2. Material and Methods

2.1. Bacteriostatic and Bactericidal Effects of Vanillin

The experimental procedure to elucidate the major biofilm mitigation mechanism of vanillin is presented in the Fig. 1. The test for bacteriostatic and bactericidal effect of vanillin was designed as reported in the previous study [18]. Briefly, vanillin stock solution (Sigma Aldrich, USA) was prepared by dissolving vanillin in a DI solution with the final concentration of 10 mM. P. aeruginosa PAO1 was selected as a model bacterium throughout this study. For test of bacteriostatic and bactericidal effect of vanillin, 107/mL of cells were cultured at the presence of 0 mM, 0.1 mM, 1 mM and 10 mM of vanillin for 24 h. Potassium phosphate buffer (pH = 7.4) was utilized for dilution of the bacteria and vanillin. Bacteriostatic effect of vanillin was observed by measuring the optical density at 16 h and 24 h after the initial inoculation. For the bactericidal effect, samples were collected after 12 h and the Live/Dead tests of bacteria cells were performed with the SYTO9 and propidium iodide (Invitrogen, USA). Fluorescence images were taken in each sample and the live and dead cell was counted and averaged using the Image J program.

2.2. Inhibition of Biofilm Formation by Vanillin

The thin film composite polyamide FO membrane (Toray, Japan) was stored at 4°C in DI water and sized 20.25 cm2 to be attached on the glass plate facing the active layer to the solution. The solutions containing 107 cells/mL of P. aeruginosa PAO1 were shaken with and without 1 mM vanillin for 24 h and 48 h at 25°C. Biofilm formed on the membrane was collected using silicon knife and filtered through 0.2 μm paper filter. The membrane was then dried at 105°C for 2 h. The difference in weight before and after the filtration was defined as the biomass.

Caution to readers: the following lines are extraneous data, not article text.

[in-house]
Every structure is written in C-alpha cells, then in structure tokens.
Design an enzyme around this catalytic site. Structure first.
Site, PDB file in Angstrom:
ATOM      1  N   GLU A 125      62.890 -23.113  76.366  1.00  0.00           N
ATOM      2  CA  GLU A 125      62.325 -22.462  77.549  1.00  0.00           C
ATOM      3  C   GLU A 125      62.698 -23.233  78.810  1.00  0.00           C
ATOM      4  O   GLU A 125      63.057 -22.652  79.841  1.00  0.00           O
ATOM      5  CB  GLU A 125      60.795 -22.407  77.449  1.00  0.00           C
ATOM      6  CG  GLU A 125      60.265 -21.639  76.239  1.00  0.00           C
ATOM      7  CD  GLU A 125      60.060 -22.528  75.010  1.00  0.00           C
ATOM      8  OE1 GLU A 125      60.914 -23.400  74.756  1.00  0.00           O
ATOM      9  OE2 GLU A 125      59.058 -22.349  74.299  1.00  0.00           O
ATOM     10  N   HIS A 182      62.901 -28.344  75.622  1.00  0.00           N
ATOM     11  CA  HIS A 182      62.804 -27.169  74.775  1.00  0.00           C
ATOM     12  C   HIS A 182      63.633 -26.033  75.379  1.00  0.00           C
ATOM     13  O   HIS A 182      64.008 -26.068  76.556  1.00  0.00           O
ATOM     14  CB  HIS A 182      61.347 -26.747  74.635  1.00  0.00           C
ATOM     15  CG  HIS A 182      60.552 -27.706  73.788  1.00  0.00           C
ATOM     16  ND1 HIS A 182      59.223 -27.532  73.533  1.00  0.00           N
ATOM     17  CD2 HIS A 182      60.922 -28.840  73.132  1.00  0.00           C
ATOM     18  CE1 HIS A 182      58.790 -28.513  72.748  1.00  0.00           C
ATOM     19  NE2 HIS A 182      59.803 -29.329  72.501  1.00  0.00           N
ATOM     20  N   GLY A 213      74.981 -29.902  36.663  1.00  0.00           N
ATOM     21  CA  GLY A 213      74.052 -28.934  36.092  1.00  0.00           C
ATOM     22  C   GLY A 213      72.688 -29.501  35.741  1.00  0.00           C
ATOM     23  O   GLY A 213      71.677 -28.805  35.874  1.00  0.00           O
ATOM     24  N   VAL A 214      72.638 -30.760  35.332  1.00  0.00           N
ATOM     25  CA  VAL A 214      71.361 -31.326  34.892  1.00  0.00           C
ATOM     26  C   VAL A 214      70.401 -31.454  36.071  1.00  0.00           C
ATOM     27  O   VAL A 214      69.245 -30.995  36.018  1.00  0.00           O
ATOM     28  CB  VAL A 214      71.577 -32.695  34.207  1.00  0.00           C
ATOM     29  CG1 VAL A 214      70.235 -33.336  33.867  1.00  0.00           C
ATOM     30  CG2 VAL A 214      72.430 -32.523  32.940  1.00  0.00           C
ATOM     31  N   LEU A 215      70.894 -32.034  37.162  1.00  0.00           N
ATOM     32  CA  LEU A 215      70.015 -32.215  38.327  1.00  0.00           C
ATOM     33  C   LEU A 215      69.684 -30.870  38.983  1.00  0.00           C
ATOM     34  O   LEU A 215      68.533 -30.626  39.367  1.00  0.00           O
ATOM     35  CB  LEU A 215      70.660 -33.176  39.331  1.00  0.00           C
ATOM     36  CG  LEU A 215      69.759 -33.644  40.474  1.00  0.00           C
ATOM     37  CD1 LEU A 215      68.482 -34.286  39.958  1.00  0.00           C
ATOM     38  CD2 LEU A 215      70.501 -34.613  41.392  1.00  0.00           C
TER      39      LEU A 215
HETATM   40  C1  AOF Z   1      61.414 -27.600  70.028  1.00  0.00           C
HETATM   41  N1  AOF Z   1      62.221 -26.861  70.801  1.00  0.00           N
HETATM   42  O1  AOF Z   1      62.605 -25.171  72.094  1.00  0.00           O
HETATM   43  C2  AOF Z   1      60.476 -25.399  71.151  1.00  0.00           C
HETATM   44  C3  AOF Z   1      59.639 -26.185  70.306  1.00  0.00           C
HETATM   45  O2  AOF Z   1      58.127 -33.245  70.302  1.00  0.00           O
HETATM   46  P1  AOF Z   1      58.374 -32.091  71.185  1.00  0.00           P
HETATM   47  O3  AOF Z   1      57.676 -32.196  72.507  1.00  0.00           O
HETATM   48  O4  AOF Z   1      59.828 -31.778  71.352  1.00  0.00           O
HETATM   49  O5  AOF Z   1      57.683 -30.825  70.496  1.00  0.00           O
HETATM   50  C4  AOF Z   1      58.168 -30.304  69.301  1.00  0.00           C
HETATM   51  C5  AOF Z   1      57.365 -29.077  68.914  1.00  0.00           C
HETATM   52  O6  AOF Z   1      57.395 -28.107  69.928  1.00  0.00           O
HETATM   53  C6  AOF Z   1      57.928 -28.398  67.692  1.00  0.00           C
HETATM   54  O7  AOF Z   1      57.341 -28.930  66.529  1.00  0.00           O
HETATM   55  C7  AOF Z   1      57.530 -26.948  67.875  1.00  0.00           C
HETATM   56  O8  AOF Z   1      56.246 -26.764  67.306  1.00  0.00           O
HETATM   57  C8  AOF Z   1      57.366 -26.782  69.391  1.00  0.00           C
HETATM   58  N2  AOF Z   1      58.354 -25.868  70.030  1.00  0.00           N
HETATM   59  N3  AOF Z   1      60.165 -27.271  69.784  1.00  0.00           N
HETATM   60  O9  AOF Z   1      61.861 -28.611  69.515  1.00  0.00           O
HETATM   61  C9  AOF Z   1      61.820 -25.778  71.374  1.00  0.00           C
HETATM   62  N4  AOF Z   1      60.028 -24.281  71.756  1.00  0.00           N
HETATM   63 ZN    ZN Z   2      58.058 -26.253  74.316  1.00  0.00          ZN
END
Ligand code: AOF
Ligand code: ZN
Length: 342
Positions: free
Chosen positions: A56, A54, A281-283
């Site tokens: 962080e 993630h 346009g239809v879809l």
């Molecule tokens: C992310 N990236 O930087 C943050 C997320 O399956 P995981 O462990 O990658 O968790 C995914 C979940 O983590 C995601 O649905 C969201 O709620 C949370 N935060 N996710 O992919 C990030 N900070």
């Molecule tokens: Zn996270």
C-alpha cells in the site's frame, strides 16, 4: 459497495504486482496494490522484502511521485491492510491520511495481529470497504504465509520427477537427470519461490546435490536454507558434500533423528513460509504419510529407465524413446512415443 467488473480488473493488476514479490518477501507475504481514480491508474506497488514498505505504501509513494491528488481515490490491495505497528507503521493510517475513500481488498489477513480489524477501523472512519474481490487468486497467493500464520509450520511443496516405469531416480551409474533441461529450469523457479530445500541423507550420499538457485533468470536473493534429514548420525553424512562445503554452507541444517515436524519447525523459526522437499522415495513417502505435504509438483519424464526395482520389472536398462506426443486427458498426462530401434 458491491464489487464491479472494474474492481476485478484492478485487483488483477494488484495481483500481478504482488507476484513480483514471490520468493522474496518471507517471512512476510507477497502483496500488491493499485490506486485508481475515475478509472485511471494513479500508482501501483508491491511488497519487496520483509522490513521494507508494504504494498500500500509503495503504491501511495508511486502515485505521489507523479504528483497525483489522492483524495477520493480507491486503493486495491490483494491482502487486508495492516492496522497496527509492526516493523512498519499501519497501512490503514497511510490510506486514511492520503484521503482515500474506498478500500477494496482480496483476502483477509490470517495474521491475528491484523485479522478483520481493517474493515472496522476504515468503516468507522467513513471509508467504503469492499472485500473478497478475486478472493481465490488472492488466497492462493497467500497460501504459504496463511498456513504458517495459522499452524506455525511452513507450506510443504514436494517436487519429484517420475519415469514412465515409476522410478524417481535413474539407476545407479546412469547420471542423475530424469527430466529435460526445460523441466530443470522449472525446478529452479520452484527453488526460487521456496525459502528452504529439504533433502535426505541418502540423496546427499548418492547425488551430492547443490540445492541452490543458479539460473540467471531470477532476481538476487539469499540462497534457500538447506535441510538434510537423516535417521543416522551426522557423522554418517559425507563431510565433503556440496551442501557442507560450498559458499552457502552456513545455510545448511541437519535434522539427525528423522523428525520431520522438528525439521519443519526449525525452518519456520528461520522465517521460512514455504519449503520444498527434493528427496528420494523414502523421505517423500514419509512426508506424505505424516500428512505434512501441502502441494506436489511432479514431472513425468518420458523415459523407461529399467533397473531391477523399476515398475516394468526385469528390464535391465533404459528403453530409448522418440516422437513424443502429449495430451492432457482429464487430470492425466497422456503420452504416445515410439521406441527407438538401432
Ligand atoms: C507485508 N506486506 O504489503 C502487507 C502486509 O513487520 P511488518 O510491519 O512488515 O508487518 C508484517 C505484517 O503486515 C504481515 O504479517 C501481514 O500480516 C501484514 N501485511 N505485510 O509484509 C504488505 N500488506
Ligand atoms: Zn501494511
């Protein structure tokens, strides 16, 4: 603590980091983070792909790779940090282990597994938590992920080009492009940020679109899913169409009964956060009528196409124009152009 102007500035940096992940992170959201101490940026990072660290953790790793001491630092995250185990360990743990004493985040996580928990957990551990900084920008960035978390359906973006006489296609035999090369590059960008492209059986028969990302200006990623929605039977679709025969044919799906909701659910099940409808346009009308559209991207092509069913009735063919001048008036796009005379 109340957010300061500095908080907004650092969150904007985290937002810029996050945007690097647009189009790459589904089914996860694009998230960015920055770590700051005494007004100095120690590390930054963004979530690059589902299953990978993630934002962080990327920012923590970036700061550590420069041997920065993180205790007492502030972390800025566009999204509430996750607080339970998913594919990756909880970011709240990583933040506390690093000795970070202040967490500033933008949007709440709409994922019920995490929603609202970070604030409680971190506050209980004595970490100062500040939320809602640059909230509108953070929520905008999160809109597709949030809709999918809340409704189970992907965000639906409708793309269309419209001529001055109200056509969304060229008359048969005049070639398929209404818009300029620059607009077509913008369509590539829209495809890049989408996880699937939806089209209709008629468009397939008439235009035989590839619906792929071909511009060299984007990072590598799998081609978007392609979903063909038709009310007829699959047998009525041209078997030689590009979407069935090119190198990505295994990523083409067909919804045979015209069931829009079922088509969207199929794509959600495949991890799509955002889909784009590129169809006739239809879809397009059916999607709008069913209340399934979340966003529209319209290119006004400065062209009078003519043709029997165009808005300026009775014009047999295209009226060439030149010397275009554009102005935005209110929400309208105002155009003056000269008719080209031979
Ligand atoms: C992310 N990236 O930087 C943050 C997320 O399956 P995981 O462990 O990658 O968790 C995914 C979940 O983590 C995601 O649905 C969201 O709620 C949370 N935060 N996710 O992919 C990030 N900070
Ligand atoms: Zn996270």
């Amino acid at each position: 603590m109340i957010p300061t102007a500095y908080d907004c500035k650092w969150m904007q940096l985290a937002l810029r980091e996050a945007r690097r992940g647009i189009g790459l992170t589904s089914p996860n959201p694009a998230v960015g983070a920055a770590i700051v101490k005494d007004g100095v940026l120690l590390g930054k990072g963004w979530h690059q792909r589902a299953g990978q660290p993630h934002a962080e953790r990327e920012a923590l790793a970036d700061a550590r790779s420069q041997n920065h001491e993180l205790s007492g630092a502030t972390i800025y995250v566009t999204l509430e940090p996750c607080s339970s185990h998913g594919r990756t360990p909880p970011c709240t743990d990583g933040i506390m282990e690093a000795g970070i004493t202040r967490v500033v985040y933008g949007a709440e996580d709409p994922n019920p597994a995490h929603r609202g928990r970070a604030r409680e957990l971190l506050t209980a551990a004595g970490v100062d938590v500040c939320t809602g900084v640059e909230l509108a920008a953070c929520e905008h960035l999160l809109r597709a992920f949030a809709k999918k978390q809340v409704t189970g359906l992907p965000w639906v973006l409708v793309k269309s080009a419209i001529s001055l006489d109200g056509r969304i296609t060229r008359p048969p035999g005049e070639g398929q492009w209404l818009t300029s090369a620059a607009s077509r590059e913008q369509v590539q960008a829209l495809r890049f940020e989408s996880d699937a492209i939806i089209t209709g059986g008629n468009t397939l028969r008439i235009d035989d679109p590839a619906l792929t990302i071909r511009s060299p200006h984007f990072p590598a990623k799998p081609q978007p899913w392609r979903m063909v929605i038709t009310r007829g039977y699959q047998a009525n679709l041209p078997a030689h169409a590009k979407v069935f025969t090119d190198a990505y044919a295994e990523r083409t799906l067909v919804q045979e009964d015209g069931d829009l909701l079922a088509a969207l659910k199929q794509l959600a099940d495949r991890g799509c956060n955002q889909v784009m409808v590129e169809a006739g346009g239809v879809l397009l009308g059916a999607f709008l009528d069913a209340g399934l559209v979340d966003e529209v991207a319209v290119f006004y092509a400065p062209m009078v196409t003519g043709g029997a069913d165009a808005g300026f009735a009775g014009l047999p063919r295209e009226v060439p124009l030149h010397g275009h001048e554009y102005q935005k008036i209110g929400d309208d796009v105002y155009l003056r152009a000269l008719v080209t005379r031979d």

2.3. Liquid Phase Bioassay for Determining The Degradation of Signal Molecules

Degradation of bacterial signal molecule by vanillin, the experiment with Chromobacterium violaceum CV026 was conducted followed by the method in our previous study [24]. N-Hexanoyl-DL-homoserine lactone (HHL; Sigma-Aldrich, USA) was used as an QS marker in this experiment. Briefly, HHL stock was solubilized in solution with 0.1% acetic acid and 100 mM ethyl acetate. HHL was then diluted with 10 mM potassium phosphate buffer to be concentration of 1 μM. The AHL indicator bacterium, C. violaceum CV026, was cultivated in Luria-Bertani (LB) medium for 24 h, centrifuged, and then rinsed three times with 0.9% NaCl. For the evaluation of QSI activity, 1 mM vanillin was supplemented in to the C. violaceum CV026 culture, and violacein was extracted by a protocol described elsewhere [25]. Finally, the supernatant in which violacien was contained was extracted, and the absorbance was measured using a UV spectrophotometer (Hach, USA) at 585 nm.

2.4. RNA Sequencing Library Construction and Sequence Analysis